Separating but Not Divorcing: What are the Dangers?
Many couples go through rough patches and temporarily separate, hoping that they can get back together again. These “temporary” separations can eventually lengthen to years apart.
As any experienced Jupiter divorce attorney will tell you, there are risks to separating without divorce. Although divorce might not be ideal, it can protect certain rights and give you more control. Contact Caroline Olson, P.A. to discuss whether it is finally time to file for dissolution.
Your Spouse Has Rights to Your Estate
Should you die, your spouse would have a right to a share of your estate, regardless of what you have written in a will. This is Florida’s elective share law, which can be found at Fla. Stat. 732.2065. It states that a surviving spouse has a right to 30% of the elective estate. So you might have used a will to leave everything to your children, but your spouse can take 30% of your assets nonetheless.
Obviously, this creates a problem if you want to cut out your spouse from your will. There are ways to protect yourself—such as having your spouse sign a postnuptial agreement—but the easiest way is to divorce.
You Can’t Remarry
Even men and women who have sworn off marriage might meet someone and decide to tie the knot. Unfortunately, you will need to wait to get divorced before you can take another trip down the aisle. As the years roll by, it might be harder to find your spouse, with whom you could have lost touch. This makes getting divorced after all these years even harder.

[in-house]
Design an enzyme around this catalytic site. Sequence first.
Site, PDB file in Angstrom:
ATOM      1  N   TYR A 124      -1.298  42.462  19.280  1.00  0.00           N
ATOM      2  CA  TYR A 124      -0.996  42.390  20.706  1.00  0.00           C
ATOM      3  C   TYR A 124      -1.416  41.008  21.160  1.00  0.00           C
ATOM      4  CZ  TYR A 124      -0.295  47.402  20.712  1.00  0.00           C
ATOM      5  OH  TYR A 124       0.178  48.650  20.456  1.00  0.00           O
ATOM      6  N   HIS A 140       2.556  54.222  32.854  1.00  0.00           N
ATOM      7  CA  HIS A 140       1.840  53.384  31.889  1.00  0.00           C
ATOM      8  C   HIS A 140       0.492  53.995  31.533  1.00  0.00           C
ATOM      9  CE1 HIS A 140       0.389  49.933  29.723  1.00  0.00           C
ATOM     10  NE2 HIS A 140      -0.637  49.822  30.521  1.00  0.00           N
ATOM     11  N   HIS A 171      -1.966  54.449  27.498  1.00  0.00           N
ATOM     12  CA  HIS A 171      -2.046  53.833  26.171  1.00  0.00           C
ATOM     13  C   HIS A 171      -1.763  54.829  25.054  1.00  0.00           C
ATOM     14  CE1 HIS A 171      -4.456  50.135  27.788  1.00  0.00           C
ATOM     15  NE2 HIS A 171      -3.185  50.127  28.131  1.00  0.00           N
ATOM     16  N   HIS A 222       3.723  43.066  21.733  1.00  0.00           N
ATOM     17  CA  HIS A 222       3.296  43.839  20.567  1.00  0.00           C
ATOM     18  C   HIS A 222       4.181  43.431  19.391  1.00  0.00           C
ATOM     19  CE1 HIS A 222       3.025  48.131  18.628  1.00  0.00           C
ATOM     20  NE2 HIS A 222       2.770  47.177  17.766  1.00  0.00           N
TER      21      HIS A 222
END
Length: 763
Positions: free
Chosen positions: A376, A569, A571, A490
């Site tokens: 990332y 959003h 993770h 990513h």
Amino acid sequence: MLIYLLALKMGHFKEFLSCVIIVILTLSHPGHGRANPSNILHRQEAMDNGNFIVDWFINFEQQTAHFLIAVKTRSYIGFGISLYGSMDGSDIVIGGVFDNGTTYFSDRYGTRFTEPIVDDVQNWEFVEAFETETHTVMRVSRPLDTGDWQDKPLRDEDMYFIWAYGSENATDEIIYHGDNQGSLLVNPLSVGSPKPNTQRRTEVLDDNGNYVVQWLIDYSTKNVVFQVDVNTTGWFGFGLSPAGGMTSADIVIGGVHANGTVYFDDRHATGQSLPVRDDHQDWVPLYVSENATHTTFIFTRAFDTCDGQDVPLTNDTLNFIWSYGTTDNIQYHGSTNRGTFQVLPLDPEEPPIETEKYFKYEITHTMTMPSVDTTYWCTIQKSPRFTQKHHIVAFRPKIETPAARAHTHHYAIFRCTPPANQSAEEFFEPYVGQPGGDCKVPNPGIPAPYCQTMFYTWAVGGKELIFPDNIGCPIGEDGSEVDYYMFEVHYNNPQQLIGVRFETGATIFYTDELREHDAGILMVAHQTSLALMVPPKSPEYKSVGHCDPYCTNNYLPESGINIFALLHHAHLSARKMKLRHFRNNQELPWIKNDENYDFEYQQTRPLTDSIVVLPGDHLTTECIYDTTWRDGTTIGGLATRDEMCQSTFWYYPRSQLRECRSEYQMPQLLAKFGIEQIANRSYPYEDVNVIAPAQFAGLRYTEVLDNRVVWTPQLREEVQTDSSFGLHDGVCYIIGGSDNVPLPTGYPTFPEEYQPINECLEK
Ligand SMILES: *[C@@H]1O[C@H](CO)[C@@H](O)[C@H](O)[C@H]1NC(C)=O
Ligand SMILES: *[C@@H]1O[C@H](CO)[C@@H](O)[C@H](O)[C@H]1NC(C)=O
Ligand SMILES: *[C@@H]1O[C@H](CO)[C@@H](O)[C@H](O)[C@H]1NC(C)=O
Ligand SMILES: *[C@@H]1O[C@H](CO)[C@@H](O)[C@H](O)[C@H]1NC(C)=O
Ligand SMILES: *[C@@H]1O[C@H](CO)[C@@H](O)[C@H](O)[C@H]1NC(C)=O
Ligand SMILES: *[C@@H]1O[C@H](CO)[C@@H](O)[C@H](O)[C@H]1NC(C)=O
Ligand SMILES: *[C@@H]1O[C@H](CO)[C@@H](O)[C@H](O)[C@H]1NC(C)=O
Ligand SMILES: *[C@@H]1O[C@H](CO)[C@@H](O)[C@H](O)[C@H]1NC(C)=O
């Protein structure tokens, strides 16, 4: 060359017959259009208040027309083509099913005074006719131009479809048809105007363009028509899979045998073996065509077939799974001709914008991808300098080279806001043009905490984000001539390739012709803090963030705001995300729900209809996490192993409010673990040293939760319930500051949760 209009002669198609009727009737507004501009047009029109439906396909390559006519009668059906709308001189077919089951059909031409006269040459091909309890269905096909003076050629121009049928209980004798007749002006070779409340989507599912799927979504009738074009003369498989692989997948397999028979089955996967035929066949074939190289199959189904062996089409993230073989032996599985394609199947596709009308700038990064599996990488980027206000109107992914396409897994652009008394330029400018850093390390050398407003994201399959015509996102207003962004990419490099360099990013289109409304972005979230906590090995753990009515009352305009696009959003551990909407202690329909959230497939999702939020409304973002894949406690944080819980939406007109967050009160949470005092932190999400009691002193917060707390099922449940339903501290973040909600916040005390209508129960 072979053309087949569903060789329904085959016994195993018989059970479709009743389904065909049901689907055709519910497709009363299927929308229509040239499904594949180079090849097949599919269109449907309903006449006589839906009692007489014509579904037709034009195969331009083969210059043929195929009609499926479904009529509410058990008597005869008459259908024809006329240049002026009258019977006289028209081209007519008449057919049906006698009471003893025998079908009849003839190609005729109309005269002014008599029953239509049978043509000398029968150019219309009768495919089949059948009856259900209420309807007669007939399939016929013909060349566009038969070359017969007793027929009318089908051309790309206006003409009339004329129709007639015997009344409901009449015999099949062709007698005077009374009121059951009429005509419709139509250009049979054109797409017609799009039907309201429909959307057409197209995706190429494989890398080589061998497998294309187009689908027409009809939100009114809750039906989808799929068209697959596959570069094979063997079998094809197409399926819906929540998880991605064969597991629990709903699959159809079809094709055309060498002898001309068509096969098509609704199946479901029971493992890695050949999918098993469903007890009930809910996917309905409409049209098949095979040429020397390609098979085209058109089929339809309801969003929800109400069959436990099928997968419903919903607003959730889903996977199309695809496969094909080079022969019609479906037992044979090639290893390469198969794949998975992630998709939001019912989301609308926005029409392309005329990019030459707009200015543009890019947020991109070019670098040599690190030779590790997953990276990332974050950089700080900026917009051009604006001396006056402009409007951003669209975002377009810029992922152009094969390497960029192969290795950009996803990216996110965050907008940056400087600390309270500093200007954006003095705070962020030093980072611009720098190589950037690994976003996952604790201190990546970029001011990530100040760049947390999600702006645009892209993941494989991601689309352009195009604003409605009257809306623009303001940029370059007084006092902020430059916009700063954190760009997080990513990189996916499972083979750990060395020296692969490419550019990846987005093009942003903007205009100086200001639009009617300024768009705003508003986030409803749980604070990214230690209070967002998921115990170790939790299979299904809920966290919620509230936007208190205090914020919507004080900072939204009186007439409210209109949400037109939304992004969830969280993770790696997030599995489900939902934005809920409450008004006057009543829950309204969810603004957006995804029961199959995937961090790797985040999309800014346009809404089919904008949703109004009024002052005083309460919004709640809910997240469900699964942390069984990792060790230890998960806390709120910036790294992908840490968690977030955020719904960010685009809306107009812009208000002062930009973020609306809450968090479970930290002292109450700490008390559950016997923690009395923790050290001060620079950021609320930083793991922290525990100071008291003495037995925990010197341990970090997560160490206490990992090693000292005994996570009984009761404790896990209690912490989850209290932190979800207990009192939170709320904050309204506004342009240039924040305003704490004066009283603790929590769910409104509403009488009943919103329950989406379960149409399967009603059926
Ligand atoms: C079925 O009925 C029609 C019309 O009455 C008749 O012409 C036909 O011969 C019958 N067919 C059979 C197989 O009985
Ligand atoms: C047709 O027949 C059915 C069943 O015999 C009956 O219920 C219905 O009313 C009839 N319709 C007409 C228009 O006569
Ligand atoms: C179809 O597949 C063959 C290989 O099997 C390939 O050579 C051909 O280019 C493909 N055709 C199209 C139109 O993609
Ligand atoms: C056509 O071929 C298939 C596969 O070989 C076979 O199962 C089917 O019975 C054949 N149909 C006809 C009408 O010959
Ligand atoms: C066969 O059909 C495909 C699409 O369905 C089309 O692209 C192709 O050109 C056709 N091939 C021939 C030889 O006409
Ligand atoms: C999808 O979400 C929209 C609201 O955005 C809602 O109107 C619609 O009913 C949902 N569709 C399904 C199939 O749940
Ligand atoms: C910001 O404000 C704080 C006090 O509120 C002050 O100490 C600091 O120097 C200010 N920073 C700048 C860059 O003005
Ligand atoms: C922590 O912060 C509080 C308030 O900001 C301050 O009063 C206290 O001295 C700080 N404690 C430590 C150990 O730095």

You’ll Need Your Spouse to Sign Any Mortgage
People who need a mortgage to buy a home should plan for having their spouse sign the mortgage as well. If you were single, then you would not need to find them, which would make the home buying process much easier.
Your Spouse Gains Rights to Your Property
Without divorce, your spouse will possibly have rights to any property you acquire after you separate. For example, you might purchase a new car. If you eventually divorce, your spouse can request some of the equity as part of the division of marital property.
Often, men and women can plan around this by having their spouse sign a post-nuptial agreement where they waive their rights. But few people are aware of this option or take the step. Also, your spouse is under no obligation to sign it, even if you agree to live apart.
Should You Stay Married?
Many couples stay married because they are not emotionally prepared to divorce. They might have children and fear how divorce will affect them. Other people have family who disapprove of divorce. Simply living apart seems like the best bet.
Ultimately, it is up to each individual to decide whether to divorce. However, everyone should seriously consider the risks.
There are a few solid reasons for staying married. For example, you might be entitled to certain benefits because you are married and don’t want to lose them. You might also be covered by your spouse’s health insurance, which could be difficult to find on your own.
Let us talk with you about the advantages and disadvantages of staying married and whether divorce is right for you. You can contact Caroline Olson, P.A. for a free consultation. We serve Jupiter, Boca Raton and Plantation.